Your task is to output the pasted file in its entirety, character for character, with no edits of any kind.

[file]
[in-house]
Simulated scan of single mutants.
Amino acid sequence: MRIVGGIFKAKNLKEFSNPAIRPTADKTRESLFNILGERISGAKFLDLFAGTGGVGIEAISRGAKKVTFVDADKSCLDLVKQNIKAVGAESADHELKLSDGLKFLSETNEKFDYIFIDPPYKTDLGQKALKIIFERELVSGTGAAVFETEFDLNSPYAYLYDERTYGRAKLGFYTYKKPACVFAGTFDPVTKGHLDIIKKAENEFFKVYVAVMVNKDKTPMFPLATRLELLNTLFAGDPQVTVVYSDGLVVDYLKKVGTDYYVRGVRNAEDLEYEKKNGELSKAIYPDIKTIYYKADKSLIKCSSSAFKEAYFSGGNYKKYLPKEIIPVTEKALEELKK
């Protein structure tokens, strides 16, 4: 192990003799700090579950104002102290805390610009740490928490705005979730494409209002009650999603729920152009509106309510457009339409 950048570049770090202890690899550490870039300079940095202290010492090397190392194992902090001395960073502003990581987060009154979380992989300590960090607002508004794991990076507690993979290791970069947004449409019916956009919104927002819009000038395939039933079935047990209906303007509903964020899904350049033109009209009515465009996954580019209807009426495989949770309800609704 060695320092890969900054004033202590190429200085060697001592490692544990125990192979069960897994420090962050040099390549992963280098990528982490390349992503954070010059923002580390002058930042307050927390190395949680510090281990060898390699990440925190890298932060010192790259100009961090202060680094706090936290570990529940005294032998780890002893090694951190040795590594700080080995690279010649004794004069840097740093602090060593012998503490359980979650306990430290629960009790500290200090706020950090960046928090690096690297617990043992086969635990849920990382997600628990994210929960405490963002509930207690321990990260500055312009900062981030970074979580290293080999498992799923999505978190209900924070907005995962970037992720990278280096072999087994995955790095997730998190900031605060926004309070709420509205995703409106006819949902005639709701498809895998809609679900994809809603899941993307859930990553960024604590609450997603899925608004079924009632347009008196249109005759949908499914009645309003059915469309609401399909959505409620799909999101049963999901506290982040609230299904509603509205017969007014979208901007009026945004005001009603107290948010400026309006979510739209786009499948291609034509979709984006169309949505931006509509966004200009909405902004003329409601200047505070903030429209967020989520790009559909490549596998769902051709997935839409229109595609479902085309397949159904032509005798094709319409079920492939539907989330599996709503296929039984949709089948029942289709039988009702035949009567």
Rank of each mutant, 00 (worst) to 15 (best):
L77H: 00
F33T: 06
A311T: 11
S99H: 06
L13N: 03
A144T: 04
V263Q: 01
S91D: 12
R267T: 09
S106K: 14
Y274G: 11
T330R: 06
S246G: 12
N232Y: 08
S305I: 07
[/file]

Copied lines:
[in-house]
Simulated scan of single mutants.
Amino acid sequence: MRIVGGIFKAKNLKEFSNPAIRPTADKTRESLFNILGERISGAKFLDLFAGTGGVGIEAISRGAKKVTFVDADKSCLDLVKQNIKAVGAESADHELKLSDGLKFLSETNEKFDYIFIDPPYKTDLGQKALKIIFERELVSGTGAAVFETEFDLNSPYAYLYDERTYGRAKLGFYTYKKPACVFAGTFDPVTKGHLDIIKKAENEFFKVYVAVMVNKDKTPMFPLATRLELLNTLFAGDPQVTVVYSDGLVVDYLKKVGTDYYVRGVRNAEDLEYEKKNGELSKAIYPDIKTIYYKADKSLIKCSSSAFKEAYFSGGNYKKYLPKEIIPVTEKALEELKK
């Protein structure tokens, strides 16, 4: 192990003799700090579950104002102290805390610009740490928490705005979730494409209002009650999603729920152009509106309510457009339409 950048570049770090202890690899550490870039300079940095202290010492090397190392194992902090001395960073502003990581987060009154979380992989300590960090607002508004794991990076507690993979290791970069947004449409019916956009919104927002819009000038395939039933079935047990209906303007509903964020899904350049033109009209009515465009996954580019209807009426495989949770309800609704 060695320092890969900054004033202590190429200085060697001592490692544990125990192979069960897994420090962050040099390549992963280098990528982490390349992503954070010059923002580390002058930042307050927390190395949680510090281990060898390699990440925190890298932060010192790259100009961090202060680094706090936290570990529940005294032998780890002893090694951190040795590594700080080995690279010649004794004069840097740093602090060593012998503490359980979650306990430290629960009790500290200090706020950090960046928090690096690297617990043992086969635990849920990382997600628990994210929960405490963002509930207690321990990260500055312009900062981030970074979580290293080999498992799923999505978190209900924070907005995962970037992720990278280096072999087994995955790095997730998190900031605060926004309070709420509205995703409106006819949902005639709701498809895998809609679900994809809603899941993307859930990553960024604590609450997603899925608004079924009632347009008196249109005759949908499914009645309003059915469309609401399909959505409620799909999101049963999901506290982040609230299904509603509205017969007014979208901007009026945004005001009603107290948010400026309006979510739209786009499948291609034509979709984006169309949505931006509509966004200009909405902004003329409601200047505070903030429209967020989520790009559909490549596998769902051709997935839409229109595609479902085309397949159904032509005798094709319409079920492939539907989330599996709503296929039984949709089948029942289709039988009702035949009567």
Rank of each mutant, 00 (worst) to 15 (best):
L77H: 00
F33T: 06
A311T: 11
S99H: 06
L13N: 03
A144T: 04
V263Q: 01
S91D: 12
R267T: 09
S106K: 14
Y274G: 11
T330R: 06
S246G: 12
N232Y: 08
S305I: 07